Cover crop choice depends on fields
Looking across the 14 different cover crop plots on Tom Finkenbine’s farm, it’s natural to wonder which one’s the best. But no one crop will be best for every situation.
The demonstration plots are meant to give farmers a good look at a variety of cover crop options, explains Roger Bender, Ohio State University Extension ag agent in Shelby County. To pick the best option for their fields, farmers will need to determine what benefits are most important in each situation.
• Shelby County demo plots show cover crop examples.
• Cover crops benefit soil quality and nutrient management.
• Recommendations vary depending on production goals.
For instance, Bender points out, legumes such as Austrian winter peas, cowpeas, chickling vetch and crimson clover can fix nitrogen in the soil for use by the following crop. Brassicas like oilseed radish can loosen compacted soil, stockpile excess nutrients and hold down winter annual weed pressure. Grasses such as tall fescue, sudangrass, rye and wheat build soil organic matter, reduce compaction and recycle excess nutrients.
Finkenbine, who is hosting the demonstration on his farm near Anna, is particularly interested in how the oilseed radishes perform in his cropping system. In the past, he’s used rye and wheat as cover crops.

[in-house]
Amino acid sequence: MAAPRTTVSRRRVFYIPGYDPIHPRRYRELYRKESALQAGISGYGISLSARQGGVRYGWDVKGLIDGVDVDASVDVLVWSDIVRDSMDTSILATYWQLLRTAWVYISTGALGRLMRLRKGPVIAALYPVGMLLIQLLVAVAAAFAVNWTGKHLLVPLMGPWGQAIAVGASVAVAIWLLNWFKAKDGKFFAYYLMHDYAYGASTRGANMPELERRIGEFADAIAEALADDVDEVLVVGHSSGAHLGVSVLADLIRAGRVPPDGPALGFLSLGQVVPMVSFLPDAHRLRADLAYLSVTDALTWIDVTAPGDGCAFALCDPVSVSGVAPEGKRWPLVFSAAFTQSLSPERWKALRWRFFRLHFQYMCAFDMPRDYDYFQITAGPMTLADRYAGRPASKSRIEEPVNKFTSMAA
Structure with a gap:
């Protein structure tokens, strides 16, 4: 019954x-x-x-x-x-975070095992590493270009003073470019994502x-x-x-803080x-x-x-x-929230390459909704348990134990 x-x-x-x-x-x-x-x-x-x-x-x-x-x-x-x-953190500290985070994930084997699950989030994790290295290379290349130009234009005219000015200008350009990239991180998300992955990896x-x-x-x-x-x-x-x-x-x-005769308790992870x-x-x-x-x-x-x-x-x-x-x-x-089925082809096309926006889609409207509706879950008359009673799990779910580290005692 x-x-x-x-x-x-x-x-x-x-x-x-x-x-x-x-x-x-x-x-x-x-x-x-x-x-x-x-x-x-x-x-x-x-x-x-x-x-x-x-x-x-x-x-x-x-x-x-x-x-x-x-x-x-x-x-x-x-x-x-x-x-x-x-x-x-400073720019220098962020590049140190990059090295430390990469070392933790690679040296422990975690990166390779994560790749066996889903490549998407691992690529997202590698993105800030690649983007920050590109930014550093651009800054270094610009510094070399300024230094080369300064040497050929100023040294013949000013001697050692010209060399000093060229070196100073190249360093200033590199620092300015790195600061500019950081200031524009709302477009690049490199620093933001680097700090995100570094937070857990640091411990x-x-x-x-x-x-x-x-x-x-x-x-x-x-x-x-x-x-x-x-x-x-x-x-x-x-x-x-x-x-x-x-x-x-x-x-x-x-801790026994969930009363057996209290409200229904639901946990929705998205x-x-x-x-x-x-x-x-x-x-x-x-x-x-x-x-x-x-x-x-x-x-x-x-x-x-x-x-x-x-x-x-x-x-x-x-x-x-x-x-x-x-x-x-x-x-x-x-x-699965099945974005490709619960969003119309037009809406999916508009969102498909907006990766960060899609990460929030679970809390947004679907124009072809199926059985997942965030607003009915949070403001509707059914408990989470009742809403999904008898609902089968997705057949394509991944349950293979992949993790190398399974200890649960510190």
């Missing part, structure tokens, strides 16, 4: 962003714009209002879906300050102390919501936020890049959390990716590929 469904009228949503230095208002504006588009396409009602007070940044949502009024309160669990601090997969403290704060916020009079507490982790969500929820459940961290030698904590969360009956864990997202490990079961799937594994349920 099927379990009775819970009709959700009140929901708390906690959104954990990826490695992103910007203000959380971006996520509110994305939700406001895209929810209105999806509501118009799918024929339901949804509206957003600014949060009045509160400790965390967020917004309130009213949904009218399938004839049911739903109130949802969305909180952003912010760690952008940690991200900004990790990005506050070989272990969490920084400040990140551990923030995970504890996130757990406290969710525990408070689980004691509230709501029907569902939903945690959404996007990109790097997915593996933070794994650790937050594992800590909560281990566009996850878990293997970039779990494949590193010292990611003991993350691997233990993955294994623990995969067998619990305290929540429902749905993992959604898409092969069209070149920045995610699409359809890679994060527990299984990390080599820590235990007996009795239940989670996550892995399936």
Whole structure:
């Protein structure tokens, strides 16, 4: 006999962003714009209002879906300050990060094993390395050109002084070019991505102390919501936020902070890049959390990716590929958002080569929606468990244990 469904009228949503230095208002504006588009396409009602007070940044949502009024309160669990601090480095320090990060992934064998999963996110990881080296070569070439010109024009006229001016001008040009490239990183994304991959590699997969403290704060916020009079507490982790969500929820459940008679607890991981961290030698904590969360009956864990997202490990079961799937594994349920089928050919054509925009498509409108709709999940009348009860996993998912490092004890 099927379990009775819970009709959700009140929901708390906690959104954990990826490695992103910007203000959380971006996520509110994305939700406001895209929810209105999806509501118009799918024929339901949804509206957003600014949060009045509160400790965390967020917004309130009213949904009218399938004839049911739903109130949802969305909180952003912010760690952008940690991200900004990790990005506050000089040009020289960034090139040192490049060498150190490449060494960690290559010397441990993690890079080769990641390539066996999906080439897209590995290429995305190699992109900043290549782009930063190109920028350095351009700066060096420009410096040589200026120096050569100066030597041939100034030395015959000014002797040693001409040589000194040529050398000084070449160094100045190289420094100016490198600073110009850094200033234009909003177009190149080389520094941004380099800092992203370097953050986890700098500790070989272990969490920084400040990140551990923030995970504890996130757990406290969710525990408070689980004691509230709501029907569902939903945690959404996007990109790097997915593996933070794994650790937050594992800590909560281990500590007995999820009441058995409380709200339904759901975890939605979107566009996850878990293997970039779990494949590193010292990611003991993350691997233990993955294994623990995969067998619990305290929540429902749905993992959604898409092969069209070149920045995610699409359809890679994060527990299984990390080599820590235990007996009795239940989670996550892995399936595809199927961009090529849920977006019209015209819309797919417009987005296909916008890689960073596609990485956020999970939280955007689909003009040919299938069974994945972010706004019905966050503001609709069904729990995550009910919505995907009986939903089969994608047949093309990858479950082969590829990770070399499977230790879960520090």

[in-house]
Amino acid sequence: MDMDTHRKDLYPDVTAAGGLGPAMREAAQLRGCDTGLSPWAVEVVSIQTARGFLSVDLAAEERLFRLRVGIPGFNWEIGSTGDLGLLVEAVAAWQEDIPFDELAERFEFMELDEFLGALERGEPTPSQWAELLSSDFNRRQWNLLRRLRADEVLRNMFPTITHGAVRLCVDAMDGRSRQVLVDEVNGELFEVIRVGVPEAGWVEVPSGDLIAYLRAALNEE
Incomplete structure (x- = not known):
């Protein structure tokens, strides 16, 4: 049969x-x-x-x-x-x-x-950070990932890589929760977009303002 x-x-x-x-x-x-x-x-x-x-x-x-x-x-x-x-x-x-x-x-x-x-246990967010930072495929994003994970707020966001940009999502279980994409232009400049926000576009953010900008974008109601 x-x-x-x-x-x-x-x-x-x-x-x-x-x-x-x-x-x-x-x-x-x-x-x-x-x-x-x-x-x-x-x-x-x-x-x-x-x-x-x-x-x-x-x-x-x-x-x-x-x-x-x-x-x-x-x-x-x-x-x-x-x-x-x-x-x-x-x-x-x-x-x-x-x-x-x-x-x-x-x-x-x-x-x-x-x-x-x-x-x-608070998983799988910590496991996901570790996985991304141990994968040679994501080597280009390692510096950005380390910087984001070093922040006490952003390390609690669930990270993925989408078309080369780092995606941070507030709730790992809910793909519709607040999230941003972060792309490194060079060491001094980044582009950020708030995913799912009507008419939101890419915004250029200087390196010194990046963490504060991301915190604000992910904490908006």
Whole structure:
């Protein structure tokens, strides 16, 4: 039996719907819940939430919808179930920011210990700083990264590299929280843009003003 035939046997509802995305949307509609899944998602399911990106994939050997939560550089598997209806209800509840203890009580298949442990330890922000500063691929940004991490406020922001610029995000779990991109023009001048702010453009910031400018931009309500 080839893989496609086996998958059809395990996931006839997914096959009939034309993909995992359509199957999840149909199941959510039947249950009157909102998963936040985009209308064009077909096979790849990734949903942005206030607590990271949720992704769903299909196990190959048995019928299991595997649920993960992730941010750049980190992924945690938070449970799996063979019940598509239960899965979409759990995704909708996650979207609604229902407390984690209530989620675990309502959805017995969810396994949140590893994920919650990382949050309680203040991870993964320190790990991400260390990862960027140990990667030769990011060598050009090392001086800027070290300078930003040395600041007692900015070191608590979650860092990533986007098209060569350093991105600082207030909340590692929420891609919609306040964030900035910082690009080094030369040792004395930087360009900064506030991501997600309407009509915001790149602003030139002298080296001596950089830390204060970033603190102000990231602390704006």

“Both work very well,” he says, “but the problem is getting it killed in the spring.” The radishes typically don’t live through winter weather, so he’s hoping to see the soil-loosening benefits without having to deal with a living cover crop in the spring before planting.
The cover crops in the demonstration plots include tall fescue, sudangrass, Austrian winter peas, cowpeas, buckwheat, chickling vetch, crimson clover, rye at two different seeding rates, bin-run wheat at two different seeding rates, treated oats, forage oats and oilseed radish. They were planted Aug. 3 following wheat harvest, and the field will be planted with no-till corn next spring. Manure will be applied to half of each plot.
An adjacent field farmed by Alan Winner has additional cover crop demonstrations. They include plots that were broadcast-seeded Aug. 3 into standing soybeans before leaf drop and plots seeded following soybean harvest on Sept. 18.
Besides offering advantages to the soil, cover crops provide financial benefits in some parts of the state. For example, Bender points out, the Miami Conservancy District is offering a cover crop incentive program for cropland that drains into the Great Miami River. It will pay up to $50 per acre. Farmers should check with local soil and water conservation districts for information on available programs.
Keck writes from Raymond.
This article published in the January, 2010 edition of OHIO FARMER.